“It is good for a the first day or two, but when you start sitting around too much it actually makes it harder to kickstart your brain when you’re ready for action,” he said.
While it felt like my whole world was a black box, reminders that people cared were an important part of my recovery.
The Sunday after I got out of the hospital, Father Flynn visited me at my house. I had no idea that he was coming.
When he walked in my door, I suddenly got the urge to cry – especially when he presented me with a new leather cord for my cross. The doctors had cut mine off while I was in trauma. They could not risk moving my head or neck at the time.
For me, the hardest part was not being able to go to school or work out. I know that sounds odd for a high schooler to say that, but I love every second I am at Malvern.
I had only missed one week of school due to my injury. However, when I returned, I couldn’t jump right back into work. It took me roughly two weeks to be able to start catching up with the work that I missed and learning the new material that we were going over in classes.
Dr. Vernau didn’t want me jumping into things too early. “If you rush back into school and activities then you are actually delaying the healing process for your brain,” he said.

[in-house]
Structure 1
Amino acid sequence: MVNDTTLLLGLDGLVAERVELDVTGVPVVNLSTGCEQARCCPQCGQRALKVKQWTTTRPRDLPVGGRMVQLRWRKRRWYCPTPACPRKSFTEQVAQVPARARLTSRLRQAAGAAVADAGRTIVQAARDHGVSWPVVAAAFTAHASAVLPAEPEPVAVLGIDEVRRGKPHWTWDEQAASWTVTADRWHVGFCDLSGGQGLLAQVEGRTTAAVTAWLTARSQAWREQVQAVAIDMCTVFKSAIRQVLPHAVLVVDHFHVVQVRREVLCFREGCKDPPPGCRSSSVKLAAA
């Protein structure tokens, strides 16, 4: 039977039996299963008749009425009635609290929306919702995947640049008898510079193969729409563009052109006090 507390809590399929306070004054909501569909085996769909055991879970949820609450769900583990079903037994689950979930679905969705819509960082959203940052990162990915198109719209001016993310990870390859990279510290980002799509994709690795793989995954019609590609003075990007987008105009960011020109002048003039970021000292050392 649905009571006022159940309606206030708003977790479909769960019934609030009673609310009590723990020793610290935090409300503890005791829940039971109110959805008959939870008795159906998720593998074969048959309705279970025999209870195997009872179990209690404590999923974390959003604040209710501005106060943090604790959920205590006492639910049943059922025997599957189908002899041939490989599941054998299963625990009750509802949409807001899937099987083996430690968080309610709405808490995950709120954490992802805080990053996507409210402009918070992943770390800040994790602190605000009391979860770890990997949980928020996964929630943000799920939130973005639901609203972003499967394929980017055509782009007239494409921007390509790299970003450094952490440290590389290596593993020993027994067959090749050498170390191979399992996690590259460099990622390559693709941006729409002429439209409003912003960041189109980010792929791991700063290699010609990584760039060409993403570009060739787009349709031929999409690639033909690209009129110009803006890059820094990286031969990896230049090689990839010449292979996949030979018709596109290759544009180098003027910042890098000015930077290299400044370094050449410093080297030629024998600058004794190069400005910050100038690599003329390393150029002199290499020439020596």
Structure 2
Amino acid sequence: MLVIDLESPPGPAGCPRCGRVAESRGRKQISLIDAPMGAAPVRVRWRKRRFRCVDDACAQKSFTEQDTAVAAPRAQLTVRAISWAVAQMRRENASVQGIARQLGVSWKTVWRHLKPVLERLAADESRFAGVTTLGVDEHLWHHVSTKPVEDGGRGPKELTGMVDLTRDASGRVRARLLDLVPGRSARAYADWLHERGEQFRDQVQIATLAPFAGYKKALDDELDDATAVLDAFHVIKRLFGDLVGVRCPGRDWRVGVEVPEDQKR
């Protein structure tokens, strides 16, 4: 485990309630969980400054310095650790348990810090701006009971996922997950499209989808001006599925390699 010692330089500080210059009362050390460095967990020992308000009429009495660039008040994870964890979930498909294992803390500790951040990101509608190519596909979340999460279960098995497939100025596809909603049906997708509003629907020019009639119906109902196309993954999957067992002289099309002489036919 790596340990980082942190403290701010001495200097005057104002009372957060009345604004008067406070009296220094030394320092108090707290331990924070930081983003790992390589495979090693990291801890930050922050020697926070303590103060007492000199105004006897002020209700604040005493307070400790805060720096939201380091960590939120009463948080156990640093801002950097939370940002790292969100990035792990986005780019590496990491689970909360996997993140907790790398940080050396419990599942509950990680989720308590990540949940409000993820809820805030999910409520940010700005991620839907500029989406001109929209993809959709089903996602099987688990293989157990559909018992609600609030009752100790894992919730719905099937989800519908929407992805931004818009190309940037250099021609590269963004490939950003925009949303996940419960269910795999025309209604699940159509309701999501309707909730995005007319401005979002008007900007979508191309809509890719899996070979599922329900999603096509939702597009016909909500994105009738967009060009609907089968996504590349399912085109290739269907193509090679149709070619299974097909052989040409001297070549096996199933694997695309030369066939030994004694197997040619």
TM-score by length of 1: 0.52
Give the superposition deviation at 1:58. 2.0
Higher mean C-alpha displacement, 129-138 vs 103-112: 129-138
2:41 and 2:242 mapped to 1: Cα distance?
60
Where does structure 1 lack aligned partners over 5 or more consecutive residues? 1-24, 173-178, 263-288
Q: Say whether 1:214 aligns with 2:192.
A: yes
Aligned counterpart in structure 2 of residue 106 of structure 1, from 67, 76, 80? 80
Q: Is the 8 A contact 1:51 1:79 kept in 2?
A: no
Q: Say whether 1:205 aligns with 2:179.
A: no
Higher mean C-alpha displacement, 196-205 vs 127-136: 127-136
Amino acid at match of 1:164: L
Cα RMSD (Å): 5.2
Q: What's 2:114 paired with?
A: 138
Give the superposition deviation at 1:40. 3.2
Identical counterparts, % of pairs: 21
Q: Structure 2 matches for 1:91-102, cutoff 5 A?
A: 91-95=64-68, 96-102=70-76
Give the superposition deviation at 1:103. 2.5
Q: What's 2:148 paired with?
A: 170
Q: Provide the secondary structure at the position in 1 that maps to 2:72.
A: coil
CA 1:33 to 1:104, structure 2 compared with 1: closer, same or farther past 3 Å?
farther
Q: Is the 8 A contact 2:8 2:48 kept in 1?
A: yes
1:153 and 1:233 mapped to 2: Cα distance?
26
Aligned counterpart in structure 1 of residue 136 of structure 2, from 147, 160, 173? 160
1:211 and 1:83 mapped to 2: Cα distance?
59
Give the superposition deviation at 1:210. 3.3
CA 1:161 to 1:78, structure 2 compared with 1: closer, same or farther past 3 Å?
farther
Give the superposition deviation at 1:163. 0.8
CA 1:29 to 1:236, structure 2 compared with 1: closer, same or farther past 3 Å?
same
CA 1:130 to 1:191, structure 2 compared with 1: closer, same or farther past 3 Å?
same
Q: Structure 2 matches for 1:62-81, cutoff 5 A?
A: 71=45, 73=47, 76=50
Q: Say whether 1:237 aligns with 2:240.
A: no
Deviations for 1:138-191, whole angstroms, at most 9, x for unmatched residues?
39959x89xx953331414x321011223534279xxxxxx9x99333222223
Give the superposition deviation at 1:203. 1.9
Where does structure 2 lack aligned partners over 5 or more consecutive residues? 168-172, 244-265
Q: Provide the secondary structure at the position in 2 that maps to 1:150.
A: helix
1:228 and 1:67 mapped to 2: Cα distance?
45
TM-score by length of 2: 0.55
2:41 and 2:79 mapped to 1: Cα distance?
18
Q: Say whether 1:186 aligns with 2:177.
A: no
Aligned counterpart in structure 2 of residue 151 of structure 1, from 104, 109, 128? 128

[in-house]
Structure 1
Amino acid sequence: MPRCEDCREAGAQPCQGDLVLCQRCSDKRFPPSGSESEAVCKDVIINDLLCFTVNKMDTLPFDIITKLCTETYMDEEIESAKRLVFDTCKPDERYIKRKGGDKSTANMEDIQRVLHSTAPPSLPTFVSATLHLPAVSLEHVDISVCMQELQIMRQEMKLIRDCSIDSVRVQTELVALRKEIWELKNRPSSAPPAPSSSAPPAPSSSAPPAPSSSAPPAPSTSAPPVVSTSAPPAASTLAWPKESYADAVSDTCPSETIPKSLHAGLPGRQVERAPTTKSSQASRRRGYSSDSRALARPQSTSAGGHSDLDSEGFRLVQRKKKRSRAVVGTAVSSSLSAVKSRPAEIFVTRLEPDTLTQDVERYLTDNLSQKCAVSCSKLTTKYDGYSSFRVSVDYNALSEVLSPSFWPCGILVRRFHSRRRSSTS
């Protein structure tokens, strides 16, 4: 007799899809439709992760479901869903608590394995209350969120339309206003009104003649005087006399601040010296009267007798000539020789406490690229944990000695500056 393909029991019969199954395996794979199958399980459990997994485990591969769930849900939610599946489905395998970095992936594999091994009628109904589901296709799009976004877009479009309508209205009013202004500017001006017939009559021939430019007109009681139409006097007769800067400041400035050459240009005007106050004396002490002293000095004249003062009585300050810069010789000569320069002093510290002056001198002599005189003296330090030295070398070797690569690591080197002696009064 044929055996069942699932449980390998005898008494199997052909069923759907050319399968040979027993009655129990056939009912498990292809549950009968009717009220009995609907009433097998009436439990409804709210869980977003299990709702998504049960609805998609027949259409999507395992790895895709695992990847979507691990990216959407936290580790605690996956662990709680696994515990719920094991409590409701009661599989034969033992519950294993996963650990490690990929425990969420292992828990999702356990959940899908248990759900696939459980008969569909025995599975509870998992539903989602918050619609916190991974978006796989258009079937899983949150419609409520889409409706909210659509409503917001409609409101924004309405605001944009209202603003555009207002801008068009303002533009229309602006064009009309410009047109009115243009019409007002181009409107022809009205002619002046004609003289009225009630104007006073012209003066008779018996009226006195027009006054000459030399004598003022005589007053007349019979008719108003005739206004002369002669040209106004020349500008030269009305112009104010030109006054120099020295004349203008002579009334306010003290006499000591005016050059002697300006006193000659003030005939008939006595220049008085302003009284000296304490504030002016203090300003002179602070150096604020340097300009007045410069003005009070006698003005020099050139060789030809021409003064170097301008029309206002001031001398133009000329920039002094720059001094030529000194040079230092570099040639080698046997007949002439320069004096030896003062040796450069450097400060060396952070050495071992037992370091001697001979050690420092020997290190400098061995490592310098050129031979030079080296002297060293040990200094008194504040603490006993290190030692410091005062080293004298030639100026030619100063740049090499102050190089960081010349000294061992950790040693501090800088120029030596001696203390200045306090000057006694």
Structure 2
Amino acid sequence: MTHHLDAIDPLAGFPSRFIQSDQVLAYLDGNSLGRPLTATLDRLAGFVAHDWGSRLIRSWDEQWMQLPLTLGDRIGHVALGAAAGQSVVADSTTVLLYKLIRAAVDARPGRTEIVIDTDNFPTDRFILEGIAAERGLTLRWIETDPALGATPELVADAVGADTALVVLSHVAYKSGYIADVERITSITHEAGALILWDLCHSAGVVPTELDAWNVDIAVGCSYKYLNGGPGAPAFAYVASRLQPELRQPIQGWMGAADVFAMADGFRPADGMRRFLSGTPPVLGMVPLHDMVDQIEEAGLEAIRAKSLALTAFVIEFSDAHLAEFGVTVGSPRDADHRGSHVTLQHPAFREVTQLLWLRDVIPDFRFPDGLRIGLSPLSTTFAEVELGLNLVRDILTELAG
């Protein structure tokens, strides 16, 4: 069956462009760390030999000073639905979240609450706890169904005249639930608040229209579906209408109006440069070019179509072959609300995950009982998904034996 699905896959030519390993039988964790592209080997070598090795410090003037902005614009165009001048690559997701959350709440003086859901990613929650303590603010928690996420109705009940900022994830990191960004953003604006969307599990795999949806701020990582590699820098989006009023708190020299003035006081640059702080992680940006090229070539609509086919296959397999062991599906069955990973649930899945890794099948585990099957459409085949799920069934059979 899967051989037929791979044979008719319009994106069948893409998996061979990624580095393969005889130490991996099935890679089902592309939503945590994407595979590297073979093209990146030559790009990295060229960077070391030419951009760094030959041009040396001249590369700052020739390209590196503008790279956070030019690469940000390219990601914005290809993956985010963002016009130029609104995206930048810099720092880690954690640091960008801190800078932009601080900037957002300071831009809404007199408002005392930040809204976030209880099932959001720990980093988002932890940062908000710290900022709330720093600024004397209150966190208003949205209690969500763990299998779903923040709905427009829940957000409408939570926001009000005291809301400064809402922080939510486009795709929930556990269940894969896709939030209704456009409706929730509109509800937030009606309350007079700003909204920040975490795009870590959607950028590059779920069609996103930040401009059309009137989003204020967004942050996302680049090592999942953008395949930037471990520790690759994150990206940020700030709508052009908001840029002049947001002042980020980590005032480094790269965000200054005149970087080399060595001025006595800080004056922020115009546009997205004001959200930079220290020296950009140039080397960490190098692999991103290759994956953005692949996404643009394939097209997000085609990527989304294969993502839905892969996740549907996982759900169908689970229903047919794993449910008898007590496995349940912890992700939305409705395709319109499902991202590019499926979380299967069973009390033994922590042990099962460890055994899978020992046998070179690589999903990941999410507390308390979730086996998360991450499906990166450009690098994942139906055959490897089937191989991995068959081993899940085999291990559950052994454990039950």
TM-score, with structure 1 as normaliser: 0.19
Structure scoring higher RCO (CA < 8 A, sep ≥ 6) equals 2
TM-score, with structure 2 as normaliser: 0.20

All the work that I missed didn’t really stress me out much because Mr. Mills assured me that Malvern has a solid concussion protocol to help students recover.
Mills works on a team with Learning Specialist Mrs. Francine Cox, School Psychologist Dr. Dorothy Sayers, School Nurse Mrs. Catherine McGettigan, and the school counselors to help determine an action plan for each student at Malvern who is recovering from a concussion.
My first day back in school was the Monday after my injury I went straight to Associate Director of School Counseling Mrs. Ann Wuetig-Coia’s office, where I met with her and Mrs. Cox. We discussed how I was going to ease my way back into school without doing any more damage to my head.
“We want you taking it easy and doing things that you are capable of,” Wuetig-Coia said.
My family was very impressed by how Malvern handled my situation and reached out to me. My grades were frozen, and all my teachers worked together in making the transition back into work fair.
For my first and second weeks back, I was able to go to the nurse or a quiet spot on campus that was dark to sleep.
I didn’t use that privilege much because I didn’t want to miss any more work. I usually just pushed through the day and worked through the headaches. It was senior year, and I had already missed a full week of school. I didn’t want to miss anything else.
“Headaches aren’t always bad at this point in a concussion,” Dr. Verneau said. “It is good to manage what does and doesn’t give you headaches.”
Just like an athlete has training and working out to do, I had exercises for my head to do. Dr. Verneau gave me eye exercises that I had to do every day. These exercises were actually designed to make my head hurt.
“What you are doing is strengthening your head to fight your headaches,” Dr. Verneau said. “Eventually you will be able to do them without getting headaches.”